From his point of view, Zelensky could struggle with problems, admits McFaul. But if he’s a “son of a bitch”, at least he’s “our son of a bitch”. The US shouldn’t look too closely at corruption in Ukraine, he recommends. In his consistent focus on a small part of the world, the political scientist not only seems to have no historical memory, but also not to be able to build associations across continents. Otherwise it might have occurred to him that corruption played a major role in the great defeat in Kabul and has become the worst US debacle since the Cold War. A great idea to deliberately downplay this! That corruption ended so well last time it’s hard to remember because it happened – a few days ago.

It gets even better. If corruption is no longer mentioned so often in polite neo-cold-war societies, McFaul is ready to offer a replacement: let’s talk more about democracy instead! That sounds appealing, even if it always sounds a bit strange when democracy is brought up by someone who belongs to the upper intelligentsia of the US oligarchy.

The greater curiosity of McFaul’s idea of ​​democracy is that it includes classic content from what we now call the “Game Guide of Authoritarianism”. McFaul praises Zelensky for banning media related to the political opposition. He also seems happy that Kiev is hitting the main elected opposition leader, Viktor Medvedchuk, who supports rapprochement with Russia, not with political but with pseudo-legal means. For the democracy expert from Stanford, such behavior is laudable “energetic”.

Ukraine: Opposition leader Viktor Medvedchuk placed under house arrestUkraine: Opposition leader Viktor Medvedchuk placed under house arrest

His approach is not only confusing but also dishonest. McFaul simply hides the fact that Zelensky has now closed another top media company with the help of an opaque, security-driven procedure in the National Security Council of Ukraine, strana.ua – fortunately with very limited success. Contrary to McFaul, even the OSCE has noticed that something is wrong in Ukraine.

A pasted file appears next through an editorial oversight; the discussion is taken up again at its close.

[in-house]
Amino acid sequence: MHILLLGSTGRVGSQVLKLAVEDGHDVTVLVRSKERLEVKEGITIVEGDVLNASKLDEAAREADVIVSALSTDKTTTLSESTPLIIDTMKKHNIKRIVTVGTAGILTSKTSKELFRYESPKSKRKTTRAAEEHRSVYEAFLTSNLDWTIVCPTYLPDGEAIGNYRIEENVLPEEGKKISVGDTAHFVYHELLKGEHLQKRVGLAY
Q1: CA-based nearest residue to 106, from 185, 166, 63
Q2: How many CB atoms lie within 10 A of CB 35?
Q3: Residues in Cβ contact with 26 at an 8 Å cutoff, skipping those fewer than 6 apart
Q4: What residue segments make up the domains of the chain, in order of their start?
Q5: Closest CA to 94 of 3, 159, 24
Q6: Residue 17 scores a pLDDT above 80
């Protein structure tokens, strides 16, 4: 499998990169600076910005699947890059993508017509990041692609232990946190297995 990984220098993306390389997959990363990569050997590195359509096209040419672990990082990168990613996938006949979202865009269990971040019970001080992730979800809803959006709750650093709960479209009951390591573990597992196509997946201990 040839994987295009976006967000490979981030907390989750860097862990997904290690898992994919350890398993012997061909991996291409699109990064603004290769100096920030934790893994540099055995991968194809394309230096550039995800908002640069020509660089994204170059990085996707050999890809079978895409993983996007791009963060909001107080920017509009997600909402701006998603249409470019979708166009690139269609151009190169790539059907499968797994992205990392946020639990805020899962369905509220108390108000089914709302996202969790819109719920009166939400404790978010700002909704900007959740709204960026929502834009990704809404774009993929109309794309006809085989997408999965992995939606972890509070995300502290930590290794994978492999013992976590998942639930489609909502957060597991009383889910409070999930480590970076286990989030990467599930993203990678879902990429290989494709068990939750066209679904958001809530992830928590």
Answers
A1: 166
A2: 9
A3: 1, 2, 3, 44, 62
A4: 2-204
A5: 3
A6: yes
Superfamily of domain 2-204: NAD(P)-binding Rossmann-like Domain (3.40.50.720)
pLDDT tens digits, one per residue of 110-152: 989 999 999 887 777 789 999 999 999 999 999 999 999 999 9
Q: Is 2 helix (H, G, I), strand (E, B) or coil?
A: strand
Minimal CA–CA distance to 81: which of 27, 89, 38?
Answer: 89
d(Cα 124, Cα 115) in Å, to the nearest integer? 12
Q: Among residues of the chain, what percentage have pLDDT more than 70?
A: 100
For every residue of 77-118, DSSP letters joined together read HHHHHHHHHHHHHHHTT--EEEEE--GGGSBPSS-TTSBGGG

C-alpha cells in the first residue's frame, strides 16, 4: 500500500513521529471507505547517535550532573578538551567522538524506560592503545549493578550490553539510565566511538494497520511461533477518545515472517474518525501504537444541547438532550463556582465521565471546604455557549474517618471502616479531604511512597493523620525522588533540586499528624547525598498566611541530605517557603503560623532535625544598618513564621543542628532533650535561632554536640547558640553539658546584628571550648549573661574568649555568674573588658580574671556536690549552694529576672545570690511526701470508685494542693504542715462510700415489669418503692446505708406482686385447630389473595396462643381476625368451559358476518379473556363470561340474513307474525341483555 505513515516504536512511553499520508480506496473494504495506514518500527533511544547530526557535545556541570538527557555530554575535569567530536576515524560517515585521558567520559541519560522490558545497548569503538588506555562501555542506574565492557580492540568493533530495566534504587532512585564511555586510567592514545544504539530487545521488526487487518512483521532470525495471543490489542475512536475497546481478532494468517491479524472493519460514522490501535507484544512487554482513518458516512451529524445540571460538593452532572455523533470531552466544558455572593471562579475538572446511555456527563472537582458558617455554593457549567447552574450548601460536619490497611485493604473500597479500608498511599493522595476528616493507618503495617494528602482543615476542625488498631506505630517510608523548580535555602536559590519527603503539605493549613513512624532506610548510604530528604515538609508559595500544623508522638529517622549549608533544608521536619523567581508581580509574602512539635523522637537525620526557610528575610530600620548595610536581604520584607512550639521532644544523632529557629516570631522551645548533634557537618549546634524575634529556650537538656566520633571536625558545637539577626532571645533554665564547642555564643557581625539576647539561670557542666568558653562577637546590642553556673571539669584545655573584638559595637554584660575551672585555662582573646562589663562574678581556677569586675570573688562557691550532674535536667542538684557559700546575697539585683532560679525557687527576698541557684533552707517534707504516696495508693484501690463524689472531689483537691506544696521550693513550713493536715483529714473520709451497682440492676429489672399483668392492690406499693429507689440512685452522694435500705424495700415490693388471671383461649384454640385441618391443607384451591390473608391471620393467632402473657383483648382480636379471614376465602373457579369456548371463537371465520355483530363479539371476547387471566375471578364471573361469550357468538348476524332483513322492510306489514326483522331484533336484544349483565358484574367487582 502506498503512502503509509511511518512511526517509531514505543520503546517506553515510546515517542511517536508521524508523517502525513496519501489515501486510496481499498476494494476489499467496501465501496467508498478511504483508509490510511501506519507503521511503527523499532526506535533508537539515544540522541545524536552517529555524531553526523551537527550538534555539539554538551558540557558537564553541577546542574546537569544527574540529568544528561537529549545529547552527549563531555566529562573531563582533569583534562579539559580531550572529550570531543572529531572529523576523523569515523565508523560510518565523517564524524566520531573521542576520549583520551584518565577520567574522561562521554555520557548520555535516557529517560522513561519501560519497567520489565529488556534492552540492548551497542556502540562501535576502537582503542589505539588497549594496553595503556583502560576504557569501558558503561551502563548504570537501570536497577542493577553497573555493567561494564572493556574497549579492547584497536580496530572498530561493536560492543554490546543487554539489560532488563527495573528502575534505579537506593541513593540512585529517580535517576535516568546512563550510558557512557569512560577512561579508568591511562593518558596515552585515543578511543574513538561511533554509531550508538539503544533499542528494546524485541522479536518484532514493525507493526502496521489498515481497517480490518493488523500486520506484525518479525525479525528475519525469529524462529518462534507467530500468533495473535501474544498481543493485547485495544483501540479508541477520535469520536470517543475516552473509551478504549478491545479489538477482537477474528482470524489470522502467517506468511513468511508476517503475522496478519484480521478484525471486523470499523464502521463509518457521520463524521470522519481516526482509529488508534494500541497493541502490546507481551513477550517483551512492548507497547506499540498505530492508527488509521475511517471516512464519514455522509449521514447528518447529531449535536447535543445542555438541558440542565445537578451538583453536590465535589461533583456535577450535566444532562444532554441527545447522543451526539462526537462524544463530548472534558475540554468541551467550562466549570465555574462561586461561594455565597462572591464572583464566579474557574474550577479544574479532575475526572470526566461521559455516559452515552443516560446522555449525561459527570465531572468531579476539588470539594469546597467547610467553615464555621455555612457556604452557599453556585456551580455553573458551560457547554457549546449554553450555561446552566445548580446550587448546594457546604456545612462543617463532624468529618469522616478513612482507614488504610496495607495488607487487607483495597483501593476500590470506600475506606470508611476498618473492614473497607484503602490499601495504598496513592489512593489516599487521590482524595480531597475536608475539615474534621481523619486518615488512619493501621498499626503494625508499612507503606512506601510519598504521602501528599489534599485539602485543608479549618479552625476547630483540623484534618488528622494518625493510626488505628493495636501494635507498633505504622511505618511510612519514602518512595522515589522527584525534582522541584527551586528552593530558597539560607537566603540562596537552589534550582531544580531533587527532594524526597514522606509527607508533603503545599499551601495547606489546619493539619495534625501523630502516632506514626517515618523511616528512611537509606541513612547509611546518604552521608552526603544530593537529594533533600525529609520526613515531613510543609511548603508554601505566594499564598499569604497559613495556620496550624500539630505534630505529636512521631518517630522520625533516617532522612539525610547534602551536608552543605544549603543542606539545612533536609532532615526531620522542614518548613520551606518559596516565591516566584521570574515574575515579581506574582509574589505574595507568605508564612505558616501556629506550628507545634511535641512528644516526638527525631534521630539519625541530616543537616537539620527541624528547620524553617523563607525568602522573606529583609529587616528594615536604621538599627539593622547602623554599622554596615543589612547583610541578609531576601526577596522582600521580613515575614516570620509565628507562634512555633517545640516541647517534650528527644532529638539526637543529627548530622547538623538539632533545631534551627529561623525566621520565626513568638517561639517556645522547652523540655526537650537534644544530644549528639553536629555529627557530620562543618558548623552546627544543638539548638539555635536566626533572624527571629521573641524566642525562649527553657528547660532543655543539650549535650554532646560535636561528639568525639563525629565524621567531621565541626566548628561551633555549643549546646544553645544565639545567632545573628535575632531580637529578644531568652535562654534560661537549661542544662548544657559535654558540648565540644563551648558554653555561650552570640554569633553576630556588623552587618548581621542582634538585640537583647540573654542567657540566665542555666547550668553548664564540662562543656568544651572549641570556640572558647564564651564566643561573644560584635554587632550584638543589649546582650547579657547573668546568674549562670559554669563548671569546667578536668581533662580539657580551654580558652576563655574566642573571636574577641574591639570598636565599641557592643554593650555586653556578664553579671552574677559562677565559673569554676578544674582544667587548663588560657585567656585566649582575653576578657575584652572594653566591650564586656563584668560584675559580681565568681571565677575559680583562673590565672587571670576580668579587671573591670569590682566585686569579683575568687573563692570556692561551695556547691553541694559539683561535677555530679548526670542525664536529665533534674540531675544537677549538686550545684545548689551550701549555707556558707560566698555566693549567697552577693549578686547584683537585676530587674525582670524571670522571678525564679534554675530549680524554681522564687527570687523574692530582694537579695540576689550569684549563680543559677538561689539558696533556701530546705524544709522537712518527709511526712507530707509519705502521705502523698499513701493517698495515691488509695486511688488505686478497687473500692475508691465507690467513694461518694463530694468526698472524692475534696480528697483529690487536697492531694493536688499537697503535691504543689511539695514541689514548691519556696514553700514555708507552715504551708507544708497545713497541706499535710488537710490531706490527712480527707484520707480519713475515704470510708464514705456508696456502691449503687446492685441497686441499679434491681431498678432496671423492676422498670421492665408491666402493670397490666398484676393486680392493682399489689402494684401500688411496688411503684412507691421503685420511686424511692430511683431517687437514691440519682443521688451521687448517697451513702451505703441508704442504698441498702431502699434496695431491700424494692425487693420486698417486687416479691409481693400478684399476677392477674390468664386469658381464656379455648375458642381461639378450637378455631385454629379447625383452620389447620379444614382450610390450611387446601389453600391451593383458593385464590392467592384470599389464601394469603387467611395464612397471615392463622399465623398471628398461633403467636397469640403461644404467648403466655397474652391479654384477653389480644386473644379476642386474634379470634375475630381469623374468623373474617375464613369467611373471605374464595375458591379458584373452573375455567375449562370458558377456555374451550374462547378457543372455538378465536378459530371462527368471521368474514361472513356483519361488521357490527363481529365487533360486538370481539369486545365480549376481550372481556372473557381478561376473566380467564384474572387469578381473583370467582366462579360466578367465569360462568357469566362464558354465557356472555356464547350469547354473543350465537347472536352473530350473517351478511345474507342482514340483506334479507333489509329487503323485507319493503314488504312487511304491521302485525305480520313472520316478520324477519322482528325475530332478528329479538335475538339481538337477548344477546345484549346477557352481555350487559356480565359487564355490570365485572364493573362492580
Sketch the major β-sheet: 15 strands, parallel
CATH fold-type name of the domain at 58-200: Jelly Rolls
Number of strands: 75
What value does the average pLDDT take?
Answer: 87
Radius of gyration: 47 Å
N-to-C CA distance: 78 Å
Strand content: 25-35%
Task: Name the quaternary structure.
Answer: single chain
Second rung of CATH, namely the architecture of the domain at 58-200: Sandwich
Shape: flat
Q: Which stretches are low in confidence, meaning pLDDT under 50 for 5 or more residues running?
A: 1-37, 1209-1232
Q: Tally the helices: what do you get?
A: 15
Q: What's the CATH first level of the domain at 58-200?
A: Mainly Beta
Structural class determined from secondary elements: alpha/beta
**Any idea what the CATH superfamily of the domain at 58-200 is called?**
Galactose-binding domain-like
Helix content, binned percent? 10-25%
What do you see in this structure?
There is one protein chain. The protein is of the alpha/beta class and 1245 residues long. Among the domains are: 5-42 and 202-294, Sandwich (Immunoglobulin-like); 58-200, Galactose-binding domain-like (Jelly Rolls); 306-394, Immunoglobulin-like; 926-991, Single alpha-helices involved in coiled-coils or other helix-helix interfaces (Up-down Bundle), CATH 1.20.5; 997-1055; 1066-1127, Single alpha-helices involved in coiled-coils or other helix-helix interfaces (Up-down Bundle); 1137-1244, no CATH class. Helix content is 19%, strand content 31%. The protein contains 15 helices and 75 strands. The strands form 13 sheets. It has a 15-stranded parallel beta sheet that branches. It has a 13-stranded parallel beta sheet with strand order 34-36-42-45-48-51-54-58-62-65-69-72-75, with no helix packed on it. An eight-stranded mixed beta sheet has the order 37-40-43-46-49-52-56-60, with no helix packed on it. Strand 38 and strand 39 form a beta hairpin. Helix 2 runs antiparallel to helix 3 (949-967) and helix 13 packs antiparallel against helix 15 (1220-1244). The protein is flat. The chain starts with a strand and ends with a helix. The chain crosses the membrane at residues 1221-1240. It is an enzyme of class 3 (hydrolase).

But no wonder that the former ambassador is particularly sloppy on this very subject. Because this case is so monstrous that even the most ardent “democracy” expert who mourns the Cold War would have difficulty bending over to the point where he could openly defend it. So let’s use Cold War trick number three: strategic silence. When things are beyond your control and your favorite “son of a bitch” behavior becomes so embarrassing that it’s hard to justify, then you just pretend nothing happened.

If McFaul were genuinely interested in democracy in Ukraine, and not just in mobilizing and using this land on the great old strategic chessboard – a chessboard that amateur geopoliticians of his kind have always loved – he would have his comment columns used to exhort Zelensky to curb his authoritarian tendencies. But instead, this “friend” of Kiev is only promoting the worst tendencies in what the US seems to regard as Ukraine’s miracle worker.

And of course McFaul encourages everyone in the USA who believe that the level of control and synchronization of the corporate media in their own country is not yet high enough. If you promote authoritarianism abroad, it can ultimately backfire in your own backyard.

RT DE strives for a wide range of opinions. Guest contributions and opinion articles do not have to reflect the editorial team’s point of view.

Translation from English.

Date Cyril Amar Historian at Koç University in Istanbul, deals with Russia, Ukraine and Eastern Europe, the history of World War II, the cultural Cold War and the politics of remembrance. He tweeted @tarikcyrilamar.